said, he had forgotten to mention, that it was his intention to propose a measure which would have the effect of simplifying the operations of the sinking fund.

Mr. Robertson

contended in favour of the necessity of supporting the landed interest—an interest upon which, after all, the government must principally rely for its resources.

Mr. Hume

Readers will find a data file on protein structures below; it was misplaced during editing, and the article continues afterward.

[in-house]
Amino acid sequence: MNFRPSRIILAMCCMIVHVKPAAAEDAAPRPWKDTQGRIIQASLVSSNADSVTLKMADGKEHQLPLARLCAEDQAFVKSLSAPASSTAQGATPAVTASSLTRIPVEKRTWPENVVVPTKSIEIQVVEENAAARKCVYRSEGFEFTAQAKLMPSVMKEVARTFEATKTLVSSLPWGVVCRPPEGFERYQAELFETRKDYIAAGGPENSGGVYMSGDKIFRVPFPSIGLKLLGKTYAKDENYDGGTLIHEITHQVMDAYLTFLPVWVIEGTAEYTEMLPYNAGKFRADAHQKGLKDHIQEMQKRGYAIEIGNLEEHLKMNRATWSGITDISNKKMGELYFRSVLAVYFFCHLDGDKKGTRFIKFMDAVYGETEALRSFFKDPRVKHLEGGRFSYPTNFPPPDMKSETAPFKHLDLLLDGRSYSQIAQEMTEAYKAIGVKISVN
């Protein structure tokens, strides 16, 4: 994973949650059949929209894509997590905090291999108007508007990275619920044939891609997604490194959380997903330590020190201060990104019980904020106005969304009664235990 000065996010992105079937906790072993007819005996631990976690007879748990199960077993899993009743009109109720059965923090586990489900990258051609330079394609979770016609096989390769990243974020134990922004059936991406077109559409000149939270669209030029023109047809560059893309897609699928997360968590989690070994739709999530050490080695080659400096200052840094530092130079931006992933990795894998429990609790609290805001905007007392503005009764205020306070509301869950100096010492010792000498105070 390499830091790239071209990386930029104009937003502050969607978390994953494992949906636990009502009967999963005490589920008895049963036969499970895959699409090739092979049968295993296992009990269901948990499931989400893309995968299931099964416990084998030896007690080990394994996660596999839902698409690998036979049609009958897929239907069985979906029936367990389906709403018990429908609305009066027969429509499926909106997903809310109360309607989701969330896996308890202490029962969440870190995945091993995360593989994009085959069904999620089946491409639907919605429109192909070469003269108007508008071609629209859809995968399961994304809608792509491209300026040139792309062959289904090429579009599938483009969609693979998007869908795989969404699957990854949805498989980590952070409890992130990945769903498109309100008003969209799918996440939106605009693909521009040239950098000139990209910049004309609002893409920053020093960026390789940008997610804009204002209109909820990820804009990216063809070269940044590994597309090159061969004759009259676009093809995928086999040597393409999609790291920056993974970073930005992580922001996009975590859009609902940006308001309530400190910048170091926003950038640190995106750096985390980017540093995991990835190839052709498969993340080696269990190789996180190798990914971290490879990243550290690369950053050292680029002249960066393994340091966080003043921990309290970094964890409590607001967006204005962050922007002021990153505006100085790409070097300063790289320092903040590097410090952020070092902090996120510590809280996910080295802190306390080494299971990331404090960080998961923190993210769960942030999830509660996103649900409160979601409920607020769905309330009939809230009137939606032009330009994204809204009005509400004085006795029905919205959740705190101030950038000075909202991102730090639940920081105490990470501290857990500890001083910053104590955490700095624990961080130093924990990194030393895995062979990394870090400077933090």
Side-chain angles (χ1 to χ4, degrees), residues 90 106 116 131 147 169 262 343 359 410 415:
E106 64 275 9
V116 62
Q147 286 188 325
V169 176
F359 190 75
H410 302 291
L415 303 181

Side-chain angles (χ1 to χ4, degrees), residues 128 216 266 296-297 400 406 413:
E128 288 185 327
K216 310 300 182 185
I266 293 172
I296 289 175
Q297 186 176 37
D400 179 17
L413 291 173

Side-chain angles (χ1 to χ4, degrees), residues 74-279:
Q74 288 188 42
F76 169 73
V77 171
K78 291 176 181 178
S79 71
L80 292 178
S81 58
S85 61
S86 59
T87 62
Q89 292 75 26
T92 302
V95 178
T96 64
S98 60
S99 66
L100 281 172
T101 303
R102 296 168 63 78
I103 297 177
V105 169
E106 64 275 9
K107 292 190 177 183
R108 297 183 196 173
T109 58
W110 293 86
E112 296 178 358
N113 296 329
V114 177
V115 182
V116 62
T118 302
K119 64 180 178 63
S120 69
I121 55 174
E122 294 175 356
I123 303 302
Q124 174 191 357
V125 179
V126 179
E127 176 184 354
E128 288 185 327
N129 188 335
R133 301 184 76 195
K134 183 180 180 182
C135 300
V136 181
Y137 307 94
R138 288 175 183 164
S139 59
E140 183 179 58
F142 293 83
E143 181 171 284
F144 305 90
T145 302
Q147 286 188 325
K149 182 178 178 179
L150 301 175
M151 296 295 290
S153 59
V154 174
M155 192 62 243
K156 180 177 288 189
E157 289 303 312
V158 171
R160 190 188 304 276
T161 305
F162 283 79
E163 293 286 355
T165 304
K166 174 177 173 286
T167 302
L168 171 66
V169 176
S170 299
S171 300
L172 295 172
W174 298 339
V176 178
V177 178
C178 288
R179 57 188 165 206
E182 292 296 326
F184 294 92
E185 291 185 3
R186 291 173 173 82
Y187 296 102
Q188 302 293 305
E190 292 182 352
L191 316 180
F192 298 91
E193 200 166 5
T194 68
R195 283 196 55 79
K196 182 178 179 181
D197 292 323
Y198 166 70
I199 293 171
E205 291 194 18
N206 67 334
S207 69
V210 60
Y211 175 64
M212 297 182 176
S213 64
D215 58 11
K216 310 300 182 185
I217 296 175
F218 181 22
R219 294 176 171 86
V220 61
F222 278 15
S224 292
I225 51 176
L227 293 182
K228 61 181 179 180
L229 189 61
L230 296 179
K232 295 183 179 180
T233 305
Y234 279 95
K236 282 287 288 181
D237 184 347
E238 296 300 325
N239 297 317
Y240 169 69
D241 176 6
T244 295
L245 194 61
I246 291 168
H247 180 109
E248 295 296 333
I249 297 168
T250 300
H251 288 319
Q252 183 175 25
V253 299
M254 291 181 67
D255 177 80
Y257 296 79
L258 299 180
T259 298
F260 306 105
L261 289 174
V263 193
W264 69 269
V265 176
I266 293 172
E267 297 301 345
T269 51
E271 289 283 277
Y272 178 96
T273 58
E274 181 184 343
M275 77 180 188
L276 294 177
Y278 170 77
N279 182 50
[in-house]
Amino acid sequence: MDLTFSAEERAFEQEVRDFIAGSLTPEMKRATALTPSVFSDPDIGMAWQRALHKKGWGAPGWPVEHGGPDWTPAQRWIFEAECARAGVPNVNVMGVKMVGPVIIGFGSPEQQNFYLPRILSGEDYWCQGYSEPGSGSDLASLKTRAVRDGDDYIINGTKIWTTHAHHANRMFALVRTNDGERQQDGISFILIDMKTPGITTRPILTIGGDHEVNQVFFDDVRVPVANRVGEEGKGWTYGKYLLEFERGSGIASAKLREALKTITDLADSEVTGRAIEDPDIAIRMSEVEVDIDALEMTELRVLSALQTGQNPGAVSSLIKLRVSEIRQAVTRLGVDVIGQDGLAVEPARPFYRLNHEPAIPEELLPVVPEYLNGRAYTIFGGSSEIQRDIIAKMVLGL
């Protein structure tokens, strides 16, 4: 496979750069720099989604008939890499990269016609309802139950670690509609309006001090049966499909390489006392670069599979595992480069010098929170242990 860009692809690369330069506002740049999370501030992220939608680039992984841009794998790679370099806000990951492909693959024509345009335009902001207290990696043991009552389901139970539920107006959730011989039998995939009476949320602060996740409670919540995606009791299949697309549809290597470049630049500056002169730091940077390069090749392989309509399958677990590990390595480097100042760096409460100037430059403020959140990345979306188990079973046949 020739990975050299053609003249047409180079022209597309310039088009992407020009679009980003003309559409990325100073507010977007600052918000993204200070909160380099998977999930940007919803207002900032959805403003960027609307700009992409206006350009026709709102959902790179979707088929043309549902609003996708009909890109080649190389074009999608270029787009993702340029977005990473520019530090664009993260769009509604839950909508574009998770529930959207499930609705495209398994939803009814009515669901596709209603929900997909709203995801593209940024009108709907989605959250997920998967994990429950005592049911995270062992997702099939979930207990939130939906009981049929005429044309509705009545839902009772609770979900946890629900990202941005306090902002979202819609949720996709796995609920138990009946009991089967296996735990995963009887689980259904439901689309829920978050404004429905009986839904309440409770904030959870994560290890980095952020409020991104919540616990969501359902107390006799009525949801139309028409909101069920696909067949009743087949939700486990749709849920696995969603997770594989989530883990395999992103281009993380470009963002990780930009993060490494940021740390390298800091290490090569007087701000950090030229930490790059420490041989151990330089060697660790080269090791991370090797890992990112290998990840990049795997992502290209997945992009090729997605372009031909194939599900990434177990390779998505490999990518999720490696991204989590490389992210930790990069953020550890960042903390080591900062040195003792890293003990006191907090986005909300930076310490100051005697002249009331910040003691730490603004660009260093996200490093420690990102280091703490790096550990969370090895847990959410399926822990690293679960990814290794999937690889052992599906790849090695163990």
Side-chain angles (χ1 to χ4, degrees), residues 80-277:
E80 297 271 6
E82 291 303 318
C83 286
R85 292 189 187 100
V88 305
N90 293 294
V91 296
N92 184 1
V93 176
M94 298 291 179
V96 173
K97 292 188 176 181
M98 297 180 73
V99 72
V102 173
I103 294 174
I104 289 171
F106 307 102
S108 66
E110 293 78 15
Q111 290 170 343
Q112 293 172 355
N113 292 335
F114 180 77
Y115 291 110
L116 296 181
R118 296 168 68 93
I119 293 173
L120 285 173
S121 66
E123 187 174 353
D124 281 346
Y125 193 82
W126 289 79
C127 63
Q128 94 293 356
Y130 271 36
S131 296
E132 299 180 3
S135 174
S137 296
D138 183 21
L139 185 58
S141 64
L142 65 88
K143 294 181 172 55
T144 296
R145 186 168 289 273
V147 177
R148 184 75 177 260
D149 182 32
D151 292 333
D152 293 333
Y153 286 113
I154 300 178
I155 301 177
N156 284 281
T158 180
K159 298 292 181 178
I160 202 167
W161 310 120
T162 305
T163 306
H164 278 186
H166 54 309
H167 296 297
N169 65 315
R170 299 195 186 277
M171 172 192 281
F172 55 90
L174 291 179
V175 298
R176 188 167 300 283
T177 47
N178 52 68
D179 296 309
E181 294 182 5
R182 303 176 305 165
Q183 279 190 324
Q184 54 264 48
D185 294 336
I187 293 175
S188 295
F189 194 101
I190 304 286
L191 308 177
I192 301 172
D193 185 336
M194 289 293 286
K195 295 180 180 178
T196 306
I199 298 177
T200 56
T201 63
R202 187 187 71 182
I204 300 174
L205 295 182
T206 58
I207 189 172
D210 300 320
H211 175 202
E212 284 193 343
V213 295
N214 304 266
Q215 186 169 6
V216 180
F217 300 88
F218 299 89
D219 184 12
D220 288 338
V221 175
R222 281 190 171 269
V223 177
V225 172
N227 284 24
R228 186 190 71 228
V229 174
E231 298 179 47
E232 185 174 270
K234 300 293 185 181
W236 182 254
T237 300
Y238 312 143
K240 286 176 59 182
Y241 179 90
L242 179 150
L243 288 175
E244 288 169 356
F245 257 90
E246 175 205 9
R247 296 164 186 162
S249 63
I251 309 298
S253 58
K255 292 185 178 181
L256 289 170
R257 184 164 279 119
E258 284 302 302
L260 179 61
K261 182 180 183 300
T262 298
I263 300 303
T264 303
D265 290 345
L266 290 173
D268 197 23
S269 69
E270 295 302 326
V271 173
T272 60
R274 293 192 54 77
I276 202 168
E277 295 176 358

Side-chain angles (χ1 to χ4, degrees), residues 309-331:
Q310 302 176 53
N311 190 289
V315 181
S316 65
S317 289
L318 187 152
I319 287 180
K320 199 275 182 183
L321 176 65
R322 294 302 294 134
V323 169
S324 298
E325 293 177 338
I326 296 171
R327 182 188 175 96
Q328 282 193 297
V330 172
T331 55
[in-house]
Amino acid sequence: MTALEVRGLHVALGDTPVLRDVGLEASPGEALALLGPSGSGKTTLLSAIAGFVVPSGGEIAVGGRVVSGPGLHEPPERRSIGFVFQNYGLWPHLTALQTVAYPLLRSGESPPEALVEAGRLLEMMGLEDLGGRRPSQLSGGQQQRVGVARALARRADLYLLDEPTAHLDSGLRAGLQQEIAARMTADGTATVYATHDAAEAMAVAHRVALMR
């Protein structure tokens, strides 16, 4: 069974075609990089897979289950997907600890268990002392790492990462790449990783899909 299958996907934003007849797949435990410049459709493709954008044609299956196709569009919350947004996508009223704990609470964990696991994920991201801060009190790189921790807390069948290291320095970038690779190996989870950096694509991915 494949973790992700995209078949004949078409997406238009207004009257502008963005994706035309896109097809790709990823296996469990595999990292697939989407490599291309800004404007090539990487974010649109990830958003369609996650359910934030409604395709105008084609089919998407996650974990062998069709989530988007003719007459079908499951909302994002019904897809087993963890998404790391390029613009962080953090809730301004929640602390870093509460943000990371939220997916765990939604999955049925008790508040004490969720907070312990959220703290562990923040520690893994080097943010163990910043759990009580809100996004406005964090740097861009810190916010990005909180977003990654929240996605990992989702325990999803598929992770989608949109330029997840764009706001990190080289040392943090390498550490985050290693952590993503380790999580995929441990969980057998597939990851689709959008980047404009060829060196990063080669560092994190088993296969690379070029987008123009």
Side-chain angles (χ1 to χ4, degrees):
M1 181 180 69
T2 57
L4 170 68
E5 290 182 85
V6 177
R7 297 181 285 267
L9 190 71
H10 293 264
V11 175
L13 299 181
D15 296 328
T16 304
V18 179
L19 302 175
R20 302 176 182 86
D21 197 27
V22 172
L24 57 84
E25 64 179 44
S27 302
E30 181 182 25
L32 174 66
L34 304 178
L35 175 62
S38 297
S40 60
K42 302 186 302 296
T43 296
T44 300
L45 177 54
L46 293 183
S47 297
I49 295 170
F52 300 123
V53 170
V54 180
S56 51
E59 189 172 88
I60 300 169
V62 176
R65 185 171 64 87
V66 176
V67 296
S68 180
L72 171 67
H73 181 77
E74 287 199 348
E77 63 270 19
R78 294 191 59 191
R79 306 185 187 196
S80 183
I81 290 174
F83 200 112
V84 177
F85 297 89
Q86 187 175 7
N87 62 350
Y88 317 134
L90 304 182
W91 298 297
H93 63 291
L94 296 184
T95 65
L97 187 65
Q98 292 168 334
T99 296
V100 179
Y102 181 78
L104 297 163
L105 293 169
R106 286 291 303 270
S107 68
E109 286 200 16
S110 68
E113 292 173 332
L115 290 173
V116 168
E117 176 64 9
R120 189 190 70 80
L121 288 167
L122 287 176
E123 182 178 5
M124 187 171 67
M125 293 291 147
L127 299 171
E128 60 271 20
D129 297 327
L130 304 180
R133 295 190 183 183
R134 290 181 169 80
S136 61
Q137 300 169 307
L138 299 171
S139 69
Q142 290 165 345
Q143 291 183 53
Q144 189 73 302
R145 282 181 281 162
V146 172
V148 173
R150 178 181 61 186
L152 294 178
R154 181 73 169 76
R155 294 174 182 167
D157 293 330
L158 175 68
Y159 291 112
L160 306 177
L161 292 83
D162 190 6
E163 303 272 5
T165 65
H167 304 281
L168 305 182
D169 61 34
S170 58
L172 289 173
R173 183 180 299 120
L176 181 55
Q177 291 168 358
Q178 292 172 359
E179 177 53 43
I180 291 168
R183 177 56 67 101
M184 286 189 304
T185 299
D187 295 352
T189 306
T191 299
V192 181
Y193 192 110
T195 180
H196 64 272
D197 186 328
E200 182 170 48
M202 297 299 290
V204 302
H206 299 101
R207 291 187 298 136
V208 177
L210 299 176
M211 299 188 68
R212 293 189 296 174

commenced by observing, that he had never heard a statement from ministers with more pleasure than he had heard that of the right hon. gentleman opposite. Never had he heard in that House a statement more clear or more satisfactory from any chancellor of the exchequer. He could not, however, help expressing his regret, at hearing it stated, in answer to what had been said by the hon. member for Portarlington, that the sinking fund was, as it was now constituted, calculated to support public credit. He contended, that the present sinking fund only tended to encourage extravagance; by placing at the disposal of ministers, a sum of money which it was likely, if not certain, they would apply to any thing but its proper use. To prove the inefficacy of the sinking fund, he had only to state, that the late chancellor of the exchequer had, in one year, taken 8,000,000l. from that fund; and, by certain returns, it appeared, that, altogether, no less a sum than 440,000,000l. had been taken from it. Here was an immense charge of management paid by the public, without any profit being derived to the country from it. How, then, could the hon. member for Taunton say, that the House would show a want of fortitude if they gave up the sinking fund? They had seen how the sinking fund had been appropriated year after year; and, this being the case, what had the country to depend upon? How could it expect, that the present or a future parliament would act more honestly than former parliaments had done? Let it be borne in mind also, that during the whole of this juggle, the country was paying heavily for what was called "the management" of the national debt.—The hon. member, adverting to what had fallen from the chancellor of the exchequer, observed, that the sinking fund to which he alluded was not an available surplus; but consisted of 2,800,000l., which was a dead weight upon the country. But the question was not, whether a sum of three millions, or of five millions, should be kept up as a sinking fund; but whether any such sum, at such a period, should be forced from the distresses of the country. He contended, that the best policy would be to give the country relief from taxation, to the amount of the sum now proposed to be kept up as a sinking fund. Let this be done, and ministers might with confidence rely upon the exertions of the country, should circumstances arise to call them forth; but let them not, by an unnecessary imposition, cripple those resources, to which it might, in a short time, be necessary to resort, in order to defend the country, in the event of a struggle in which it was not unlikely to be engaged.—The hon. member, after adverting to the inadequate relief about to be afforded to the landed and shipping interests, congratulated the House upon the progress of liberal opinions within his own recollection. In 1820, he was one of twenty members who supported a motion, made by the hon. member for the Queen's county, praying an inquiry into the distressed state of Ireland. How different was the case at present! The right hon. the chancellor of the exchequer now promised a remedy of the abuses existing in that country. He next adverted to a tax paid by sailors towards Greenwich chest; and which, while it pressed heavily on the parties subject to it, was rendered almost inoperative, as it cost at least 21 per cent in the collection. This tax was the more oppressive, as it fell solely upon the shipping interest. Alluding again to the state of Ireland, he thought it necessary to state, that, great as were the abuses in Ireland, no branch of those abuses required more immediate remedy than the distillery laws. The Irish distillery laws, as they now stood, were the cause, not only of much internal anarchy, but the reason why a great portion of the standing army of that country was kept up. Let a liberal policy be pursued towards Ireland, and he saw no reason why Ireland, depressed as she had been, should not rise as rapidly to independence and freedom as Scotland had done after the Union. This he hoped would be the case; but he could not help observing, that for many years there was no European state which had been more misgoverned than Ireland. He would say, that if ministers had taken a proper view of the question, or if they had had a House to support them, that alteration which was now proposed might have taken place seven years ago. He joined with the chancellor of the exchequer in the wish to maintain the public credit. Nothing would occasion him greater regret than to find a majority of that House assenting to any proposition which would rob the public creditor of even a shilling of his demand; and he thought that his majesty's ministers deserved the thanks of the country for the firmness with which they had maintained its faith with the public creditor. The cause of the ruin of many states had been the violation of faith with their creditors, and he trusted that we should never imitate such an example. He was as anxious as any man could be, to afford relief to that branch of the community which was now so much distressed, but he could never consent to it at the expense of the public faith.